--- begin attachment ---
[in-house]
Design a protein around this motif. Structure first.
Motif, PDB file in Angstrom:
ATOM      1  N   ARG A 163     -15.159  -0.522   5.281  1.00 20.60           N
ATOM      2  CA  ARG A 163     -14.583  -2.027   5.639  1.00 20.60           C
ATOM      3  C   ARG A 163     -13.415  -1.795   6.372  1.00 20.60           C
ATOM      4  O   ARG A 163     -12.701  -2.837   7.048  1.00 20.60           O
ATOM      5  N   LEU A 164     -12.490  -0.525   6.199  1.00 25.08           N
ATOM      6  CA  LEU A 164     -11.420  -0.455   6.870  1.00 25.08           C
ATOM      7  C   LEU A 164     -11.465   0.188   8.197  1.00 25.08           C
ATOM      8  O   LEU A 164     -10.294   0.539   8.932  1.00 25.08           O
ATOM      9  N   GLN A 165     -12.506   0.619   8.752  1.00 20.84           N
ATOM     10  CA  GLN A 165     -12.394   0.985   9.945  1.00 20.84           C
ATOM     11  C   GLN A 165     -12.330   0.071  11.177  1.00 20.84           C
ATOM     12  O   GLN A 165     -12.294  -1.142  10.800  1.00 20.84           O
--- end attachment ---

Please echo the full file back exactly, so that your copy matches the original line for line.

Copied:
[in-house]
Design a protein around this motif. Structure first.
Motif, PDB file in Angstrom:
ATOM      1  N   ARG A 163     -15.159  -0.522   5.281  1.00 20.60           N
ATOM      2  CA  ARG A 163     -14.583  -2.027   5.639  1.00 20.60           C
ATOM      3  C   ARG A 163     -13.415  -1.795   6.372  1.00 20.60           C
ATOM      4  O   ARG A 163     -12.701  -2.837   7.048  1.00 20.60           O
ATOM      5  N   LEU A 164     -12.490  -0.525   6.199  1.00 25.08           N
ATOM      6  CA  LEU A 164     -11.420  -0.455   6.870  1.00 25.08           C
ATOM      7  C   LEU A 164     -11.465   0.188   8.197  1.00 25.08           C
ATOM      8  O   LEU A 164     -10.294   0.539   8.932  1.00 25.08           O
ATOM      9  N   GLN A 165     -12.506   0.619   8.752  1.00 20.84           N
ATOM     10  CA  GLN A 165     -12.394   0.985   9.945  1.00 20.84           C
ATOM     11  C   GLN A 165     -12.330   0.071  11.177  1.00 20.84           C
ATOM     12  O   GLN A 165     -12.294  -1.142  10.800  1.00 20.84           O